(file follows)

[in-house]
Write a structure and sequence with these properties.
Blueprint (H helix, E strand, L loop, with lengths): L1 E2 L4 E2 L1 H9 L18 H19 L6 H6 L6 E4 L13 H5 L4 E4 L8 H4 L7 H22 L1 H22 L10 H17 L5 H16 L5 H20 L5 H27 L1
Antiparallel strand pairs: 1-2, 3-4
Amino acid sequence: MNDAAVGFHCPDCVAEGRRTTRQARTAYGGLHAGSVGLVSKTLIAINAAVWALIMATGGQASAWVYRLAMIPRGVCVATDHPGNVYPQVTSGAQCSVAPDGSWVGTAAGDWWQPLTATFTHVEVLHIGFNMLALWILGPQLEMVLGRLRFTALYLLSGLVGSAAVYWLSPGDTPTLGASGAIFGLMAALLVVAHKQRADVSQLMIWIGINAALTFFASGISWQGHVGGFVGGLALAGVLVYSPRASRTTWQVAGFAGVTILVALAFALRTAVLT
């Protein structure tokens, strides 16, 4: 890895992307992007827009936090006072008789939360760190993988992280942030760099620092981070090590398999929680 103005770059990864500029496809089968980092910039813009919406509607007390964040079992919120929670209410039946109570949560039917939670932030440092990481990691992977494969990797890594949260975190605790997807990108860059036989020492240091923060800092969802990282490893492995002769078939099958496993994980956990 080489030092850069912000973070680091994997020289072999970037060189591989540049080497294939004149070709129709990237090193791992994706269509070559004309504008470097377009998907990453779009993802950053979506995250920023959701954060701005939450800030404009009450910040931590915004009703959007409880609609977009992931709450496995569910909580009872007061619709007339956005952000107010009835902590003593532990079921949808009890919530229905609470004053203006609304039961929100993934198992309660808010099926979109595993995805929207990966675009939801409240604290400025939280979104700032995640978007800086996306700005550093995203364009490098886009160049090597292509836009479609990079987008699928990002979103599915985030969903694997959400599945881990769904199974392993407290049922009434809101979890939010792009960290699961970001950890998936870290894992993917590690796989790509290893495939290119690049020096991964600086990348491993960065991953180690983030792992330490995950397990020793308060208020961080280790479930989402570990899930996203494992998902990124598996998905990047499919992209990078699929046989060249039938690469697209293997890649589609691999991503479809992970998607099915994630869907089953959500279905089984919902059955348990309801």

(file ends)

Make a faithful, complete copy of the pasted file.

[in-house]
Write a structure and sequence with these properties.
Blueprint (H helix, E strand, L loop, with lengths): L1 E2 L4 E2 L1 H9 L18 H19 L6 H6 L6 E4 L13 H5 L4 E4 L8 H4 L7 H22 L1 H22 L10 H17 L5 H16 L5 H20 L5 H27 L1
Antiparallel strand pairs: 1-2, 3-4
Amino acid sequence: MNDAAVGFHCPDCVAEGRRTTRQARTAYGGLHAGSVGLVSKTLIAINAAVWALIMATGGQASAWVYRLAMIPRGVCVATDHPGNVYPQVTSGAQCSVAPDGSWVGTAAGDWWQPLTATFTHVEVLHIGFNMLALWILGPQLEMVLGRLRFTALYLLSGLVGSAAVYWLSPGDTPTLGASGAIFGLMAALLVVAHKQRADVSQLMIWIGINAALTFFASGISWQGHVGGFVGGLALAGVLVYSPRASRTTWQVAGFAGVTILVALAFALRTAVLT
């Protein structure tokens, strides 16, 4: 890895992307992007827009936090006072008789939360760190993988992280942030760099620092981070090590398999929680 103005770059990864500029496809089968980092910039813009919406509607007390964040079992919120929670209410039946109570949560039917939670932030440092990481990691992977494969990797890594949260975190605790997807990108860059036989020492240091923060800092969802990282490893492995002769078939099958496993994980956990 080489030092850069912000973070680091994997020289072999970037060189591989540049080497294939004149070709129709990237090193791992994706269509070559004309504008470097377009998907990453779009993802950053979506995250920023959701954060701005939450800030404009009450910040931590915004009703959007409880609609977009992931709450496995569910909580009872007061619709007339956005952000107010009835902590003593532990079921949808009890919530229905609470004053203006609304039961929100993934198992309660808010099926979109595993995805929207990966675009939801409240604290400025939280979104700032995640978007800086996306700005550093995203364009490098886009160049090597292509836009479609990079987008699928990002979103599915985030969903694997959400599945881990769904199974392993407290049922009434809101979890939010792009960290699961970001950890998936870290894992993917590690796989790509290893495939290119690049020096991964600086990348491993960065991953180690983030792992330490995950397990020793308060208020961080280790479930989402570990899930996203494992998902990124598996998905990047499919992209990078699929046989060249039938690469697209293997890649589609691999991503479809992970998607099915994630869907089953959500279905089984919902059955348990309801």